New Jersey governor Chris Christie recently warned that America is in danger of becoming a country of “people sitting on the couch waiting for their next government check.” Predictably, the Left was outraged, but Governor Christie wasn’t far off the mark.
During the 2011 debate over raising the debt ceiling, President Obama reminded Americans that the federal government sends out 70 million checks every month. That is probably an underestimate. According to the Washington Post, the president’s number included Social Security, veterans’ benefits, and spending on non-defense contractors and vendors, but not reimbursements to Medicare providers and vendors or electronic transfers to the 21 million households receiving food stamps. (Nor did he include most spending by the Defense Department, which has a payroll of 6.4 million active and retired employees and, on average, cuts checks for nearly 1 million invoices and 660,000 travel-expense claims per month.) The actual number might be closer to 200 million checks every month.
Of course it would be unfair to lump everyone who receives a check from the government in with the people Governor Christie was talking about (though it does say something about the size of government) but, nonetheless, we are becoming a society that relies on government to care for us.
In 1965, just 22 percent of all federal spending was transfer payments. Today it has doubled to 44 percent. That means that nearly half of all federal spending is simply government taking money from one person and giving it to another.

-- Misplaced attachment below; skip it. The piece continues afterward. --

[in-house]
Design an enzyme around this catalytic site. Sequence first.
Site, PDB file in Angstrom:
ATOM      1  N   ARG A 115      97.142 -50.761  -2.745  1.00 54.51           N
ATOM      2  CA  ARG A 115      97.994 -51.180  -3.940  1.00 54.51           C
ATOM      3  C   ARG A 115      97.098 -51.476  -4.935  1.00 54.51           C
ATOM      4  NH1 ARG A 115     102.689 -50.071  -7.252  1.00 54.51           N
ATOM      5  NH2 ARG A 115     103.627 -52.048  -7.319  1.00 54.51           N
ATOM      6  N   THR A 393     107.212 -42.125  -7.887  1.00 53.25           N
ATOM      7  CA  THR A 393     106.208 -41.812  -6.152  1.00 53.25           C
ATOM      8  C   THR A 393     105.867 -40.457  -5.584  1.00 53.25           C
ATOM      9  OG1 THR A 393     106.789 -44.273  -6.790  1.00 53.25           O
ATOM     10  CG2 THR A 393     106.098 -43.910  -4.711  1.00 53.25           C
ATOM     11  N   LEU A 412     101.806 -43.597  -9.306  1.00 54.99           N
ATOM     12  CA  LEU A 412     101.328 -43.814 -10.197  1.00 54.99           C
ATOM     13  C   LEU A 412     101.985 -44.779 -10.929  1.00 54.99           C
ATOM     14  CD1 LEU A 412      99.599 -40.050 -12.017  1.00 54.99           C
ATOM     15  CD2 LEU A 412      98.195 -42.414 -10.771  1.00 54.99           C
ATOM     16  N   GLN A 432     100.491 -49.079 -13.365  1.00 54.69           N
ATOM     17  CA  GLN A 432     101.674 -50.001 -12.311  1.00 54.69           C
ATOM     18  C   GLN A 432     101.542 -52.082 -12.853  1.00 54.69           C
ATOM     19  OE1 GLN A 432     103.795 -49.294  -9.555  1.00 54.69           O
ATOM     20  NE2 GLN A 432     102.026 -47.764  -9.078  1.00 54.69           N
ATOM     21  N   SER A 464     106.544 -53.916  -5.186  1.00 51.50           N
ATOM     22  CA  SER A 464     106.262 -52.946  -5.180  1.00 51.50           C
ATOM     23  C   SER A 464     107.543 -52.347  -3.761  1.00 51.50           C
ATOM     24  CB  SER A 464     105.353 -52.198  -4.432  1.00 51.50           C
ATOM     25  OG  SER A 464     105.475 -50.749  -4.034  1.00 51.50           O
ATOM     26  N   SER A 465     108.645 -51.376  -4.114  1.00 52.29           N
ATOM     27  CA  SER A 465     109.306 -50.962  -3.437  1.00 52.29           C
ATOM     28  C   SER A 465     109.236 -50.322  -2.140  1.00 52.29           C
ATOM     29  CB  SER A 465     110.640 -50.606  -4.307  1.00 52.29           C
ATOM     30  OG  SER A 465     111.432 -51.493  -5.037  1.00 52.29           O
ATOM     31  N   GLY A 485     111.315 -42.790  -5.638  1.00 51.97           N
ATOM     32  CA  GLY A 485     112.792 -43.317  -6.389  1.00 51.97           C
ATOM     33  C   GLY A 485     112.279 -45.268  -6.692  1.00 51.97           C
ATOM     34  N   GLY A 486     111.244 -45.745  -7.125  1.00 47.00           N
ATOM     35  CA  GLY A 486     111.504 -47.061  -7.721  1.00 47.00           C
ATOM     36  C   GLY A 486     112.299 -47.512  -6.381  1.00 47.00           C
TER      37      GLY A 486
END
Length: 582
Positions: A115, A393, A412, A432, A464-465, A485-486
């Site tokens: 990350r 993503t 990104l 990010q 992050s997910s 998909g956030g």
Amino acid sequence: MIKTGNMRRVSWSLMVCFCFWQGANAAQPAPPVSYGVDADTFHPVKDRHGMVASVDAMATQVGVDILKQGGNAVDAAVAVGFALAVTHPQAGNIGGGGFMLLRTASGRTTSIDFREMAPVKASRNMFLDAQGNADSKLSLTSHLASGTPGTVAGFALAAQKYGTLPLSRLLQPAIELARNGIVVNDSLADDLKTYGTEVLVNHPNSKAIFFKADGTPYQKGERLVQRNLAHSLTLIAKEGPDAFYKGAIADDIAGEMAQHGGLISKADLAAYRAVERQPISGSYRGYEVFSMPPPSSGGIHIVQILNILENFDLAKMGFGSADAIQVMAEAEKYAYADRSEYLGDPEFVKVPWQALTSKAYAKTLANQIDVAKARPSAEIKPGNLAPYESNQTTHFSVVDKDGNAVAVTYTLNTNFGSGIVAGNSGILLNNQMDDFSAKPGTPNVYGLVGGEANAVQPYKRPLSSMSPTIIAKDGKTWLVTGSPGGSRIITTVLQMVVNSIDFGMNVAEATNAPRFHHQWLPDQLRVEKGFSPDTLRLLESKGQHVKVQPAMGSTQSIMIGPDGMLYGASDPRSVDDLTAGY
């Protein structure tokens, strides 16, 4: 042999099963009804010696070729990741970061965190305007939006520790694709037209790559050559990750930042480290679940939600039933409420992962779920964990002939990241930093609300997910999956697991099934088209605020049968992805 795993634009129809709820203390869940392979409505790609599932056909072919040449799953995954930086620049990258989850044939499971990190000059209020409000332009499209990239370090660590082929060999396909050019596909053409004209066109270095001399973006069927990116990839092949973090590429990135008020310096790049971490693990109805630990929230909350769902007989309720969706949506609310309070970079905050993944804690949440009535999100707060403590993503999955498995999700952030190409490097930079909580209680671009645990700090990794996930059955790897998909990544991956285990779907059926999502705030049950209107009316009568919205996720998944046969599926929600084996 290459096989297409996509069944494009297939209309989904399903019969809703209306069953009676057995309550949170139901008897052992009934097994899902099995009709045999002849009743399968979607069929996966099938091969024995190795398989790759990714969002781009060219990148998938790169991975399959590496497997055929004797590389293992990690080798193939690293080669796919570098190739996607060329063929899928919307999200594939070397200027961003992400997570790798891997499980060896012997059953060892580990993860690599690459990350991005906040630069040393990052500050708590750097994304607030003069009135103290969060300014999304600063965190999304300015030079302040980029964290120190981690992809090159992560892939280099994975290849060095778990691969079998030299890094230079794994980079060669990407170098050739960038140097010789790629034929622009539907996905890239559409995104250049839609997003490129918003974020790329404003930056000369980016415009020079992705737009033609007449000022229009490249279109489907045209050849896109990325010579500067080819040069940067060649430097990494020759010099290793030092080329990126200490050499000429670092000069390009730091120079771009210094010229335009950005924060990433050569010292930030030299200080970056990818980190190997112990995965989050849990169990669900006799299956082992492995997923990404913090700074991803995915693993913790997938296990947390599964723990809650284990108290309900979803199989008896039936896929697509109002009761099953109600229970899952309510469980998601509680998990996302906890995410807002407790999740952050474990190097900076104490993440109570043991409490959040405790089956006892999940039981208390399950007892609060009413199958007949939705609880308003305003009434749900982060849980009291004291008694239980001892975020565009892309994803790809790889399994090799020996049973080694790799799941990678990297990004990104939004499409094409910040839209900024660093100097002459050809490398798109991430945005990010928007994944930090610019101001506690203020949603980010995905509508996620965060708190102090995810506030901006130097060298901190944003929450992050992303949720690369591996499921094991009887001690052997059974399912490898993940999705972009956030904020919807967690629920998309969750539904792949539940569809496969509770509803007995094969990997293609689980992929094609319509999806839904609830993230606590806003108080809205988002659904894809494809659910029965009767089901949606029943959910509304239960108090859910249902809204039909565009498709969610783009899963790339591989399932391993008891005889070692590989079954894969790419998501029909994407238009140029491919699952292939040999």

Or look at it another way: In 1965, transfer payments from the federal government made up less than 10 percent of wages and salaries. As recently as 2000, that percentage was just 21 percent. Today, transfer payments are more than a third of salary and wages. Worse, if one includes salaries from government employment, more than half of Americans receive a substantial portion of their income from the government.
Michael D. Tanner is a senior fellow at the Cato Institute, heading research into a variety of domestic policies with particular emphasis on health care reform, welfare policy, and Social Security. His most recent white paper, "Bad Medicine: A Guide to the Real Costs and Consequences of the New Health Care Law," provides a detailed examination of the Patient Protection and Affordable Care Act (Obamacare) and what it means to taxpayers, workers, physicians, and patients.